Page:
Fine Art

Grace Visits: Artist Daria Dorosh

Daria Dorosh, “Baby Face,” 9 x 10 x 6.5 inches, textile sculpture with shelf, 2012.

Daria Dorosh has fabricated many distinctive hand-sewn, knit “creatures” as seen in Baby Face (2012), Little Boy Lost (2012), Mama’s Boy (2012) and Teacher’s Pet (2012). She endows each one with its own personality ranging from deeply poignant to outright zany, but never silly, or trite. These personas are sentimental but not maudlin, tender but not sloppy, and proud of their individual diversity and rarified oddities. Seductively perched on their own hand-made shelves, they await being  picked up, caressed, and placed on bodies where their critter “anima” gets intertwined with the scent of human touch.

Baba Yaga (2012) is a textile sculpture of a supernatural being in Slavic folklore — a wild, ferocious  woman, both scary and grandmotherly, of dubious character often associated with forest wildlife. To Wait (2012) depicts Dorosh’s Baba Yaga, hiding in an overhanging cave lingering in wait, a stark contrast to the 19th century serene, romanticized view of travel. Owl Princess (2012), wise and stately, is both witness and the object of desperate adoration as seen in Owl Princess reveals the Destruction of Babylon (2012), Gustave Doré’s 1897 cataclysmic engraving. Dorosh felt that “Dore was the ‘drama queen’ of religious themes” and citing her spirited beasties into his dark, nightmarish scenes, she was adding a shock of sweetness to the original theatrical representation.

Daria Dorosh, “Narcissus 1, series 4,” 22 x 17 inches, digital print with sewn textiles, 2016.

In this age of “selfies” Dorosh began a new digital print series titled Narcissus (2016), which  considers “self-love and female involvement in beauty, encompassing the dark side of obsessional beauty” using found images of models’ faces and morphing them together in Photoshop. Her upstate New York pond is in the background — the symbolic pool where Narcissus falls in love with his own reflection. Dorosh also attaches fragmented scraps of material to the digital prints relating to her personal painting history thereby individuating each print. Narcissus 1, series 4, delineates a face that has disintegrated and melted into the water, drowned by the fanatical absorption of her own reflection.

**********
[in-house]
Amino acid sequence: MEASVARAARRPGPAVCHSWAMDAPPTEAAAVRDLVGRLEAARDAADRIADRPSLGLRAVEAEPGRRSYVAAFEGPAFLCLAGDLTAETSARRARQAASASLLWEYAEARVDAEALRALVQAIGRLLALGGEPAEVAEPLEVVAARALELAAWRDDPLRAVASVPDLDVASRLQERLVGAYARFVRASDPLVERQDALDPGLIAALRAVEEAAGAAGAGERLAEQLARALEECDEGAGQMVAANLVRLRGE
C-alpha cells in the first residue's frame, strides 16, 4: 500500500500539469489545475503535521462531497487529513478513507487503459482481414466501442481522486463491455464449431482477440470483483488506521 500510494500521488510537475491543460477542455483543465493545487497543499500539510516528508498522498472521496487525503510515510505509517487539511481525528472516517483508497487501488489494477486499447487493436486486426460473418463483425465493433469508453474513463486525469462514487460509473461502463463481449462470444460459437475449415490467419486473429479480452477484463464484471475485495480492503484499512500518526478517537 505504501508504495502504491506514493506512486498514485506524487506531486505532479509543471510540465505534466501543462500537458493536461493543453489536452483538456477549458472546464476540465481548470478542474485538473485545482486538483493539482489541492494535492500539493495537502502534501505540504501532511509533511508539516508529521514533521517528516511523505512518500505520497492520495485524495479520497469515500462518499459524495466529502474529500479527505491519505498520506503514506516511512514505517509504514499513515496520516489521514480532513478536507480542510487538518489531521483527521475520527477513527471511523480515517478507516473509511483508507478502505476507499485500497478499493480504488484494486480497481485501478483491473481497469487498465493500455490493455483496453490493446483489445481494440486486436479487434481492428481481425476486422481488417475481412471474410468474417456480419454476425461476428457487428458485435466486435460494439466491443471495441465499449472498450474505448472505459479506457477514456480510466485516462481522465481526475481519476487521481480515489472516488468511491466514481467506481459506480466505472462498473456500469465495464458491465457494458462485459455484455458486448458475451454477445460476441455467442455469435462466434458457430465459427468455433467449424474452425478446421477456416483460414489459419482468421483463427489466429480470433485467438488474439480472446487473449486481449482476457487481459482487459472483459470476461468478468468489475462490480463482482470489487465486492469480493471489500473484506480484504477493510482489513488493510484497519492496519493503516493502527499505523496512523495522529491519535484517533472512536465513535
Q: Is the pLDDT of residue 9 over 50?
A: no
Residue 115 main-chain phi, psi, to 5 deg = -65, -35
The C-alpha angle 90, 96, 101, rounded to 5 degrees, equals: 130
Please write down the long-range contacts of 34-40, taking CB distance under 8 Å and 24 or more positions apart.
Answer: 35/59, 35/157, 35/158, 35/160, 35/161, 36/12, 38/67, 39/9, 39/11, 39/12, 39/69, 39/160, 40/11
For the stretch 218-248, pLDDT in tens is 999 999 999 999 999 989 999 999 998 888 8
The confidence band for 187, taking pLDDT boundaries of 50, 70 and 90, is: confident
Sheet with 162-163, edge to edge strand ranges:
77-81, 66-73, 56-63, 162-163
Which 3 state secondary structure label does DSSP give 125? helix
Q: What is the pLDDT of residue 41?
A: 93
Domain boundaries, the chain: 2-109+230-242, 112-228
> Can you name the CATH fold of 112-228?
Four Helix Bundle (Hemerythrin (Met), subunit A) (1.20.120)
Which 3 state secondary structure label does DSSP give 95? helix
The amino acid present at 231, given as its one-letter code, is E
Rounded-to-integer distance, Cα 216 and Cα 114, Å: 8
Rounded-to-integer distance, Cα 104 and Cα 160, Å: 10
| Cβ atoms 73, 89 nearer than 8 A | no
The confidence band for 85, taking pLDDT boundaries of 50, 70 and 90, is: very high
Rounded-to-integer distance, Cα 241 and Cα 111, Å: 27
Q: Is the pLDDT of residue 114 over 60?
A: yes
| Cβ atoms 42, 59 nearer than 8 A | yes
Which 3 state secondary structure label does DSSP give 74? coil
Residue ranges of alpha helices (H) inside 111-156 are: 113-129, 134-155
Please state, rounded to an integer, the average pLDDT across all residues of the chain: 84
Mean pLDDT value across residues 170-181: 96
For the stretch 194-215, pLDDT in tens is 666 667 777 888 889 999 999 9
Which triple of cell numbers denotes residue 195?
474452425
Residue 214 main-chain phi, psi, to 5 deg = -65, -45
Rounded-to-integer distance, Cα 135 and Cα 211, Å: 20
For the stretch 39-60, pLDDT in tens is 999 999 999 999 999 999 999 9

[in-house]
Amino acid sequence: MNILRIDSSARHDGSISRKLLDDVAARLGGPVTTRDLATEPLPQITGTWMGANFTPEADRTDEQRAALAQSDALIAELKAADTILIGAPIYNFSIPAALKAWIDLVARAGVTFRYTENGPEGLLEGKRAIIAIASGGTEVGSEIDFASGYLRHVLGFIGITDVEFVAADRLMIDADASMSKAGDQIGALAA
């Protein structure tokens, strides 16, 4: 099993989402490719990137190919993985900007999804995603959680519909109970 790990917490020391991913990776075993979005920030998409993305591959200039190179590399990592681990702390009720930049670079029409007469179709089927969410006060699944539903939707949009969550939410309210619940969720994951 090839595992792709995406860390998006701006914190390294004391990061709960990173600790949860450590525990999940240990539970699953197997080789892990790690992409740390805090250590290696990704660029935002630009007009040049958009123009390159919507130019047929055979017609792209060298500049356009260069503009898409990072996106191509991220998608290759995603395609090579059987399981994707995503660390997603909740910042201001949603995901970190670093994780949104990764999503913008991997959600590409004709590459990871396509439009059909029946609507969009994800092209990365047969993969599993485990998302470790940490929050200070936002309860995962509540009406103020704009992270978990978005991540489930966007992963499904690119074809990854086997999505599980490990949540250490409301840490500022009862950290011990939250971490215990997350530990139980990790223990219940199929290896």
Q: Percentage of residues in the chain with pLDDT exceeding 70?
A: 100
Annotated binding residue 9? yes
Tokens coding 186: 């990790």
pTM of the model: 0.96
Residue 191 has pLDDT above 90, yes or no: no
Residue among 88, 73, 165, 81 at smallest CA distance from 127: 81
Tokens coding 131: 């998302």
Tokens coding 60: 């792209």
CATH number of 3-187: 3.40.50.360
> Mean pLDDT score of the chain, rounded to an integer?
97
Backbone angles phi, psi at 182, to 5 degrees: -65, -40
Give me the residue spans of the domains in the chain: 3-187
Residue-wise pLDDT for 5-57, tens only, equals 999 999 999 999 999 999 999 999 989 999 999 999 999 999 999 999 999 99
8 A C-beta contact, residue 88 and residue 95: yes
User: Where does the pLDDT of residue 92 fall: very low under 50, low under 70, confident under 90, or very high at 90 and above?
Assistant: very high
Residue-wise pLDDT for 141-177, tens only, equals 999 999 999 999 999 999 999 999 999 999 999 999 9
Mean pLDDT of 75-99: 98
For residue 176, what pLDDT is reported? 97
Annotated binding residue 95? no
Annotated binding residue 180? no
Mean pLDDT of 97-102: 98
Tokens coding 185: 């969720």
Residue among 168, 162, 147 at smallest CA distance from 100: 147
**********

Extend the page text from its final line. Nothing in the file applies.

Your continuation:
Dorosh’s involvement with feminism dates back to 1972 when she was one of 20 co-founders of A.I. R. — the first all female, non-profit cooperative gallery in the country, which also included Nancy Spero, Dotty Attie, Judith Bernstein, Howardena Pindell, and Barbara Zucker. Wanting equal opportunity with men in the art world, they rented a  storefront in Soho, coming “out of the closet,” so to speak, as artists, carving out a space to exhibit and organize discussion and innovative events. Dorosh still exhibits bi-annually with A.I. R. gallery considering it her “research space.”

At the end of our visit, Dorosh  poignantly expressed her wonder and concerns regarding the ongoing journey of being an artist, wife, teacher, doctoral recipient, and activist:  “Art over the years has demonstrated my path . . . a magical world of possibilities. Realizing that time is short we have so much worth sharing, but there is no plan for artists when they leave the culture. Their whole repository of work and ideas are in jeopardy.”

A cry that needs to be heeded.

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  • Mimi Smith February 10, 2017 at 11:13 am

    Wonderful article about Daria’s terrific work. Congrats to Daria and Grace for this excellent article. Also so glad to see Daria’s great art images!

    Reply
    • Grace Graupe-Pillard February 10, 2017 at 11:14 am

      Thanks Mimi for your comment – It is so appreciated.

      Reply
  • submit please February 7, 2017 at 8:26 pm

    “Art over the years has (revealed) my path . . . a magical world of possibilities.” Daria is one of my favorite artists. Your writing reveals some of the fascinating, and inspiring qualities one has in seeing her work, its playful, mysterious, and thought provoking. Often hilarious as well as puzzling…..I wish that more images could be shown, words can fall short of deciphering all that one senses. a true art of wonder. Thanks to you both for writing and making this essay.

    Reply
    • Grace Graupe-Pillard February 7, 2017 at 11:05 pm

      Thank you SANDY GELLIS for the above comment – Much appreciated.

      Reply
  • Suzan Globus February 7, 2017 at 3:04 pm

    Daria stitches her history into her feminine and quirky figures which command a closer look. Even the shelves take on a persona. I am especially attracted to her Narcissus series which combines digital manipulation with hand stitching. Once again, you have introduced an artist whose fascinating work I may not have known otherwise. Thank you for writing this valuable series.

    Reply
    • Grace Graupe-Pillard February 7, 2017 at 11:06 pm

      Suzan – So pleased that you are responding. Thank you.

      Reply
  • patricia lee stotter February 7, 2017 at 9:15 am

    Daria weaves grace with beauty creating a fabric of knotty consideration that offers shelter from and exposure to the storm…
    wonderful piece about a strong woman, powerful artist.

    Reply
    • Grace Graupe-Pillard February 7, 2017 at 11:06 pm

      Thank you Patricia Lee.

      Reply
  • Grace Graupe-Pillard February 7, 2017 at 5:32 am

    I want to thank Daria Dorosh for giving me this opportunity to visit with her. It was a pleasure!

    Reply